Why more food stamp recipients are now required to work

Joe Heflin and a volunteer load groceries into his car at the Samaritan Center food pantry in Jefferson City, Mo. Heflin, 33, also receives food stamps but could lose them if he doesn’t meet newly enforced work requirements.
Joe Heflin and a volunteer load groceries into his car at the Samaritan Center food pantry in Jefferson City, Mo. Heflin, 33, also receives food stamps but could lose them if he doesn’t meet newly enforced work requirements.
(David A. Lieb / Associated Press)

Federal rules that took effect this year in many states will require some adult food aid recipients to work if they want to continue receiving federally funded benefits. The requirements generally are kicking in because unemployment rates have fallen.

Here are some questions and answers about the changes to the Supplemental Nutrition Assistance Program, often referred to as food stamps, which is administered through the U.S. Department of Agriculture.

Who has to work to get food stamps?


More than 45 million people receive food stamp benefits in the U.S. But the work requirements at issue apply only to some of the fewer than 5 million recipients who are considered to be able-bodied adults ages 18 through 49 and without children or other dependents in their homes.

The 1996 federal welfare reform law requires those people to work, volunteer, perform community service or participate in education or job skills programs for 80 hours a month. If they don’t, their benefits are cut off after three months.

Federal figures show that many in this category are single adults, with slightly more men than women. Case studies have shown they are less likely than the general population to have high school diplomas and valid driver’s licenses.

Advocates say some are homeless, recently released from prison or dealing with trauma from military service, abuse or violence in their communities — all of which can make it harder to get a job.

Why must some people work but not others?

The U.S. Department of Agriculture can waive work requirements when unemployment rates are high and jobs are lacking. During the recession that began in 2008, nearly every state received a waiver. But just seven states remain covered by full waivers, including California.

Statewide waivers ended this month in at least 21 states, the largest batch since the recession. According to a tally by the Associated Press, that affects nearly 1.1 million people.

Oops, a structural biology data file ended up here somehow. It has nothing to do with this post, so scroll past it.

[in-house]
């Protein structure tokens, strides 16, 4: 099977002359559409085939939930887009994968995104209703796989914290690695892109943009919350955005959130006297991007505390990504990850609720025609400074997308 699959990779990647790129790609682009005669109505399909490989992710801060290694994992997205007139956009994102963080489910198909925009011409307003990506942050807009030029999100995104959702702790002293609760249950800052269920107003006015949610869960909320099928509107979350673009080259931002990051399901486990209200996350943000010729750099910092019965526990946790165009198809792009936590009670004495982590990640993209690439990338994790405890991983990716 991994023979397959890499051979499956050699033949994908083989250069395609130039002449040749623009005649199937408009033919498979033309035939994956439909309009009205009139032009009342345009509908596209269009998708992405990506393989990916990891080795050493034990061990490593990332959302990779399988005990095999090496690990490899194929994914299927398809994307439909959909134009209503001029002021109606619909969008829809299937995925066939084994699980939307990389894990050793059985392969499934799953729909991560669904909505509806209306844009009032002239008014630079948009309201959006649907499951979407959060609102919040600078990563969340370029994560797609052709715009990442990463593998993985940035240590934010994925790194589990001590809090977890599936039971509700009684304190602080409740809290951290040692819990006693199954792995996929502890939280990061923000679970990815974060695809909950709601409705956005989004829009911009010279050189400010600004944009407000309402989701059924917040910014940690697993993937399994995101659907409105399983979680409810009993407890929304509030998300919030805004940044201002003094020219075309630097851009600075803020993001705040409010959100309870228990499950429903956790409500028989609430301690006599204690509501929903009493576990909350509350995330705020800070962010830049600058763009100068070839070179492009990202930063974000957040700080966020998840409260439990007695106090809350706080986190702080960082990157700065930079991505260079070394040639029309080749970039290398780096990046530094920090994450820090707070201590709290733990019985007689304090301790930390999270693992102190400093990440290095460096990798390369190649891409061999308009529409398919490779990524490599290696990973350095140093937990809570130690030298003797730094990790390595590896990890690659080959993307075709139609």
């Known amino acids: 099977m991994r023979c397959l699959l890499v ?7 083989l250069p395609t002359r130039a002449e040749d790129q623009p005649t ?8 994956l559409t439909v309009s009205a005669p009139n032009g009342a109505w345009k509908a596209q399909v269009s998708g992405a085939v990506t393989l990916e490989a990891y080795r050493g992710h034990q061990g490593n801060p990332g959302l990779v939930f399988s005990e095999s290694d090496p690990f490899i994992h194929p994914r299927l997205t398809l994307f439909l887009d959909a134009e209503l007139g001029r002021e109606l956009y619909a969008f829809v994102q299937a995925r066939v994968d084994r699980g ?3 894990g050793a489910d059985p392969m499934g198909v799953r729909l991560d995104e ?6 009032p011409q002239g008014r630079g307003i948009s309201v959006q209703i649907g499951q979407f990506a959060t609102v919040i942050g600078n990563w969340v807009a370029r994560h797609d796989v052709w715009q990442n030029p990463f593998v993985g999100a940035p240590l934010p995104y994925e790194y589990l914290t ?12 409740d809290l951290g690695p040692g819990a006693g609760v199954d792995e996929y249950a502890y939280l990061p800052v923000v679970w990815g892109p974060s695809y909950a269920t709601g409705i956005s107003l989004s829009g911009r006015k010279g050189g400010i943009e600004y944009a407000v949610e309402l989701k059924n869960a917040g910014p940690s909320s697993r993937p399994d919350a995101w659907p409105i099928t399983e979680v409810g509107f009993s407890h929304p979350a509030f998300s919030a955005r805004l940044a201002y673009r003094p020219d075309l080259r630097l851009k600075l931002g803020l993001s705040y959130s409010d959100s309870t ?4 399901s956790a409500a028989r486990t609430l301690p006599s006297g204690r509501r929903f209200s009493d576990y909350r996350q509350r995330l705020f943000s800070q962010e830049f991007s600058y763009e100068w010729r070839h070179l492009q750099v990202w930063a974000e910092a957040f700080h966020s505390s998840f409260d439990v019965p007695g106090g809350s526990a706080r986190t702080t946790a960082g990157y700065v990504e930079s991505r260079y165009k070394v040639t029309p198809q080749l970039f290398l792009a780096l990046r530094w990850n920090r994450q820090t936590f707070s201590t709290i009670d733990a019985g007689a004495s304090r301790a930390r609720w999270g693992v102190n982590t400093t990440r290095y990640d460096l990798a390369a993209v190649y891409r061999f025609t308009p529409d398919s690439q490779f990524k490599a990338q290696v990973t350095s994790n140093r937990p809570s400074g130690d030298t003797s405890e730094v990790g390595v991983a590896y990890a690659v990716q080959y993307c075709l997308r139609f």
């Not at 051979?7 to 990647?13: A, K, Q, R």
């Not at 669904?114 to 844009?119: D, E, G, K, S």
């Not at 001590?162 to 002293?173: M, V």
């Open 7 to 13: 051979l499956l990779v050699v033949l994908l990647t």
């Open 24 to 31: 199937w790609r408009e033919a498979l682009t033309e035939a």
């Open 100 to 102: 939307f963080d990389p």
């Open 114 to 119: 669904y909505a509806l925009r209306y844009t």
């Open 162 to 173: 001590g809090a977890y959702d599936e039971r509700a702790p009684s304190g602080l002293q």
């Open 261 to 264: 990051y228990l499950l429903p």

States also can request partial work waivers covering certain regions where the unemployment rate is higher. Many states have done this.

For example, about 36,000 residents in the Seattle area must meet the work rules or lose food stamps, although residents in the rest of Washington state remain exempt.

In Alaska, only an estimated 3,000 food aid recipients in Anchorage must comply with the work rules. In New York, about 51,000 adults became subject to the work requirements Jan. 1, but waivers remain in place for most of New York City, 16 counties and seven other cities.

What’s the likely fallout?

Many adults are likely to lose their food aid for failing to comply with work requirements if the recent experiences of other states holds true.

After Maine Gov. Paul LePage’s administration began enforcing work requirements in October 2014, the number of able-bodied adults receiving food aid fell from about 12,000 people to 2,680 in March 2015.

Two-thirds of Wisconsin residents subject to work rules that took effect last spring were dropped from the rolls three months later for failing to comply.

A similar pattern may already be taking shape elsewhere. In Mississippi, where the end of a statewide work waiver affected about 75,000 people this month, the state Department of Human Services says just 20% of people have been showing up for scheduled appointments.

Could people go hungry?

Directors at nonprofit food banks say they expect to see at least a temporary increase in people seeking help as their food stamps are cut. It’s also possible that more people may simply go hungry throughout the day.

Several of the states where the work-for-food requirements took effect this month rank high in hunger among their residents. According to a U.S. Department of Agriculture report, Arkansas had the highest rate of residents (8.1%) with “very low food security,” defined partly as skipping meals because of a lack of money and food. More than 31,000 people there became subject to the work requirements this month.

Missouri, which ranked second nationally in “very low food security,” has about 60,000 food aid recipients who are newly subject to the work rules.

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